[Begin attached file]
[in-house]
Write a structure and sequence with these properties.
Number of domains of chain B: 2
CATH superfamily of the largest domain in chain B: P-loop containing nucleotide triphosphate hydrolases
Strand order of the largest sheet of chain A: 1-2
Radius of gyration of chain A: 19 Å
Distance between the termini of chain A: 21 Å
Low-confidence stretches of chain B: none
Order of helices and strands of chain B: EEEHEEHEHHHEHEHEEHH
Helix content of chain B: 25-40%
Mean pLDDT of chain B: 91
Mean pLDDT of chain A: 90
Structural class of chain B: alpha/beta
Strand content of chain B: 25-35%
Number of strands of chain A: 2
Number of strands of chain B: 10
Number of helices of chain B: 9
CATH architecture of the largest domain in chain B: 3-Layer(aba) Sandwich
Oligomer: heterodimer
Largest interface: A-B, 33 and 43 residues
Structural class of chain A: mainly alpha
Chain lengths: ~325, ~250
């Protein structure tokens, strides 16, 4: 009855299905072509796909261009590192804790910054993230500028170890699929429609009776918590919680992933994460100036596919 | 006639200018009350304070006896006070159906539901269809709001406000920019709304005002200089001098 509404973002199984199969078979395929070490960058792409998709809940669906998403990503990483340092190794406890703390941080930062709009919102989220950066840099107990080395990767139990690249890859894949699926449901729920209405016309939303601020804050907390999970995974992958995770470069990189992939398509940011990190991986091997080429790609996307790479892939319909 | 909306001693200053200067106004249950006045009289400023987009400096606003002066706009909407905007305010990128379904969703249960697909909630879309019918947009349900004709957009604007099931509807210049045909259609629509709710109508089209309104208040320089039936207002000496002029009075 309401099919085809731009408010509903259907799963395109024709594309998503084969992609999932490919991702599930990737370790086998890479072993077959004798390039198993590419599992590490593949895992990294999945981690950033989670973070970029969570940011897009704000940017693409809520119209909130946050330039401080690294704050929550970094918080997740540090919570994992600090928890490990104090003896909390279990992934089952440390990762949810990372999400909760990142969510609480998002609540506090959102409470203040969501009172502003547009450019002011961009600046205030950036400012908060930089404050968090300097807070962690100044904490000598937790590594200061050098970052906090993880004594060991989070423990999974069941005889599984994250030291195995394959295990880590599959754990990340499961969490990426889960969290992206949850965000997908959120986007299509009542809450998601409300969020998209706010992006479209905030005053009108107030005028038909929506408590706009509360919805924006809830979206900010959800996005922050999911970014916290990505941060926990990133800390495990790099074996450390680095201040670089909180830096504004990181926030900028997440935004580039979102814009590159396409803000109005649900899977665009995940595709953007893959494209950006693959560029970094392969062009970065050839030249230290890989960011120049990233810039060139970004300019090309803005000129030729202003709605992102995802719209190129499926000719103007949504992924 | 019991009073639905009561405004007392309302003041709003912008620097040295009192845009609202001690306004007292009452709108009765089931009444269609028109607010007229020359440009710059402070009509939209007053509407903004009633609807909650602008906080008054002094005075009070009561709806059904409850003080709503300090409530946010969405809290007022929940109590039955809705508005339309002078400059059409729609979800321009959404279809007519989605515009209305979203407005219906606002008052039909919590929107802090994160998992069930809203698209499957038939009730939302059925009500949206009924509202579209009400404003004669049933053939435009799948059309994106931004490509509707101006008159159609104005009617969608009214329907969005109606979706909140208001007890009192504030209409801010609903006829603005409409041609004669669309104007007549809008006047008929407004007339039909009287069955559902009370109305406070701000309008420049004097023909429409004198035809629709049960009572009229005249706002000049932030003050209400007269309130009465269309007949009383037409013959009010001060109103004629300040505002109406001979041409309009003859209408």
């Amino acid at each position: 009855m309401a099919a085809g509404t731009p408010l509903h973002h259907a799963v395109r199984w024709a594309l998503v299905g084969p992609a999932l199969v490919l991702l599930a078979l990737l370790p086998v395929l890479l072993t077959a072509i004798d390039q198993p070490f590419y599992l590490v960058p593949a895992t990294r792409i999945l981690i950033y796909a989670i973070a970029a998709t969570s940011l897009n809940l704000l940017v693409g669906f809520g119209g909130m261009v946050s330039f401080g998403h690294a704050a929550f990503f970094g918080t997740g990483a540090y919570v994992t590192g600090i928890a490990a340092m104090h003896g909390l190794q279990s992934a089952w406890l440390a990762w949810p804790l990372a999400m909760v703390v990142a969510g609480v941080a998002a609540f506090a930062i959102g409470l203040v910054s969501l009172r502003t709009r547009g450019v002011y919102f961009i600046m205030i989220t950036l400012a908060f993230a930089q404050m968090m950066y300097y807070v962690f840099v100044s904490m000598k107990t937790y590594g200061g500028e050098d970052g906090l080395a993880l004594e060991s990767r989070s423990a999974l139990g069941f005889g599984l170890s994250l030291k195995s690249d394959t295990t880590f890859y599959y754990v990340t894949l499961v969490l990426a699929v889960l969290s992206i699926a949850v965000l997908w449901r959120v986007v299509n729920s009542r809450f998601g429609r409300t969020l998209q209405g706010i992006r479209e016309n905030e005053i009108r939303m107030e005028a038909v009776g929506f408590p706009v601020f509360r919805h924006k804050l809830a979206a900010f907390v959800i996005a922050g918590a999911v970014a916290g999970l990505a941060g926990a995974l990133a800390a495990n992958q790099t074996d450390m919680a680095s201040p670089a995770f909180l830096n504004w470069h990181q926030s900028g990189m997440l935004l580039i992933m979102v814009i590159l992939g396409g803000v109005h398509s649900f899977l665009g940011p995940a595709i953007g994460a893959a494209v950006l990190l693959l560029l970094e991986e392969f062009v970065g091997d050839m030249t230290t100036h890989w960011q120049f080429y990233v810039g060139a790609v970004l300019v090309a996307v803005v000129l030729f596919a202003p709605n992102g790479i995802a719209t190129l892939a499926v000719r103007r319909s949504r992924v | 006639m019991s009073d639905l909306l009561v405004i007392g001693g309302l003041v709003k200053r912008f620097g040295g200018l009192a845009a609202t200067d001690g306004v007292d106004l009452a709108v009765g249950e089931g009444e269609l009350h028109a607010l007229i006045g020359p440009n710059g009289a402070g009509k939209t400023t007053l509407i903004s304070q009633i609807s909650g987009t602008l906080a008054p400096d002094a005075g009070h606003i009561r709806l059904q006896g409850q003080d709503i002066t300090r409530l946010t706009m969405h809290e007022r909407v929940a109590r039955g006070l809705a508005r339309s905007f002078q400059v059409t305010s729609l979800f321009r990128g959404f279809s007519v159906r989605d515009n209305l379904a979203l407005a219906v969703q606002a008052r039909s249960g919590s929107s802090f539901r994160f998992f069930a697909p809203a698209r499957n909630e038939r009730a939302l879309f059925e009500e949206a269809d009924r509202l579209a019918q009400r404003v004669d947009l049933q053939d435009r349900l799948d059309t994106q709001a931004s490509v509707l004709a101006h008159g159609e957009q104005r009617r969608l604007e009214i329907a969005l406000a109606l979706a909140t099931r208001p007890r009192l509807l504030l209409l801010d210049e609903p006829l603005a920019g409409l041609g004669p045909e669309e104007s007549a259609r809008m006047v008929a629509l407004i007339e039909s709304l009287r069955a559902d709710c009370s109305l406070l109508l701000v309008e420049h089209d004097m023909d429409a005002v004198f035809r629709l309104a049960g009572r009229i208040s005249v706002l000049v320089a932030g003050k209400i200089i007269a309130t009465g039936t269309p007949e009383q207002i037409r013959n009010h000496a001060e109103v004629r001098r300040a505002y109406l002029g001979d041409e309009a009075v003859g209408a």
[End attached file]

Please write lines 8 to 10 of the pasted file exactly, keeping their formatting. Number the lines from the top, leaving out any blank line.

Low-confidence stretches of chain B: none
Order of helices and strands of chain B: EEEHEEHEHHHEHEHEEHH
Helix content of chain B: 25-40%